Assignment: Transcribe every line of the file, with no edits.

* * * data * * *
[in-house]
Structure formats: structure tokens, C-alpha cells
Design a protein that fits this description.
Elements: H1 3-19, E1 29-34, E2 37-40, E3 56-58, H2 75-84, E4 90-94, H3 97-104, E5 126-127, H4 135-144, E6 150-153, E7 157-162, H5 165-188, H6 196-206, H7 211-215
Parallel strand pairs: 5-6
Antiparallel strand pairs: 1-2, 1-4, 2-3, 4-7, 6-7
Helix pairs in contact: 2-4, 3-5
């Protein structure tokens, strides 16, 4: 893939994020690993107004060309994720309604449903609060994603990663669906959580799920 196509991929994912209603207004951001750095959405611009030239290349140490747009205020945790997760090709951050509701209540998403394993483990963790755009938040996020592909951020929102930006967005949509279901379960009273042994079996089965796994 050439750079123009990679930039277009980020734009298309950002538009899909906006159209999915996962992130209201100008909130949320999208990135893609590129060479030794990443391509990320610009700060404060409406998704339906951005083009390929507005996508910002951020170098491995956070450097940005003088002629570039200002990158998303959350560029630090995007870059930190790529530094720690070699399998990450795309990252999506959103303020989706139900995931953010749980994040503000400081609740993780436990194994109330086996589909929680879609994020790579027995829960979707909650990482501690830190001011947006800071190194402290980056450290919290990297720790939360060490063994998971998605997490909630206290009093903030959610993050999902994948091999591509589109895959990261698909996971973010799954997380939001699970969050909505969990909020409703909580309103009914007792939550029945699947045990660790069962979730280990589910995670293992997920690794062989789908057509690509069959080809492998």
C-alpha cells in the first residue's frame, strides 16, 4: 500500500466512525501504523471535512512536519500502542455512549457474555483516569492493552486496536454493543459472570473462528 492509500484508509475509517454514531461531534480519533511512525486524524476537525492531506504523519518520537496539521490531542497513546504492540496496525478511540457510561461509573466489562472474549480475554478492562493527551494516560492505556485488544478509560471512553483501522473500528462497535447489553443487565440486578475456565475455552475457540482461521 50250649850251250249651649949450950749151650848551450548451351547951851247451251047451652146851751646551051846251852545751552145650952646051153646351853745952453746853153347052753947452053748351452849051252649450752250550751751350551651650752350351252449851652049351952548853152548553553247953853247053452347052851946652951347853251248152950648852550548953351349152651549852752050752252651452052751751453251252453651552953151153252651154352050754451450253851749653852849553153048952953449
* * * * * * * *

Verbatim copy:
[in-house]
Structure formats: structure tokens, C-alpha cells
Design a protein that fits this description.
Elements: H1 3-19, E1 29-34, E2 37-40, E3 56-58, H2 75-84, E4 90-94, H3 97-104, E5 126-127, H4 135-144, E6 150-153, E7 157-162, H5 165-188, H6 196-206, H7 211-215
Parallel strand pairs: 5-6
Antiparallel strand pairs: 1-2, 1-4, 2-3, 4-7, 6-7
Helix pairs in contact: 2-4, 3-5
């Protein structure tokens, strides 16, 4: 893939994020690993107004060309994720309604449903609060994603990663669906959580799920 196509991929994912209603207004951001750095959405611009030239290349140490747009205020945790997760090709951050509701209540998403394993483990963790755009938040996020592909951020929102930006967005949509279901379960009273042994079996089965796994 050439750079123009990679930039277009980020734009298309950002538009899909906006159209999915996962992130209201100008909130949320999208990135893609590129060479030794990443391509990320610009700060404060409406998704339906951005083009390929507005996508910002951020170098491995956070450097940005003088002629570039200002990158998303959350560029630090995007870059930190790529530094720690070699399998990450795309990252999506959103303020989706139900995931953010749980994040503000400081609740993780436990194994109330086996589909929680879609994020790579027995829960979707909650990482501690830190001011947006800071190194402290980056450290919290990297720790939360060490063994998971998605997490909630206290009093903030959610993050999902994948091999591509589109895959990261698909996971973010799954997380939001699970969050909505969990909020409703909580309103009914007792939550029945699947045990660790069962979730280990589910995670293992997920690794062989789908057509690509069959080809492998």
C-alpha cells in the first residue's frame, strides 16, 4: 500500500466512525501504523471535512512536519500502542455512549457474555483516569492493552486496536454493543459472570473462528 492509500484508509475509517454514531461531534480519533511512525486524524476537525492531506504523519518520537496539521490531542497513546504492540496496525478511540457510561461509573466489562472474549480475554478492562493527551494516560492505556485488544478509560471512553483501522473500528462497535447489553443487565440486578475456565475455552475457540482461521 50250649850251250249651649949450950749151650848551450548451351547951851247451251047451652146851751646551051846251852545751552145650952646051153646351853745952453746853153347052753947452053748351452849051252649450752250550751751350551651650752350351252449851652049351952548853152548553553247953853247053452347052851946652951347853251248152950648852550548953351349152651549852752050752252651452052751751453251252453651552953151153252651154352050754451450253851749653852849553153048952953449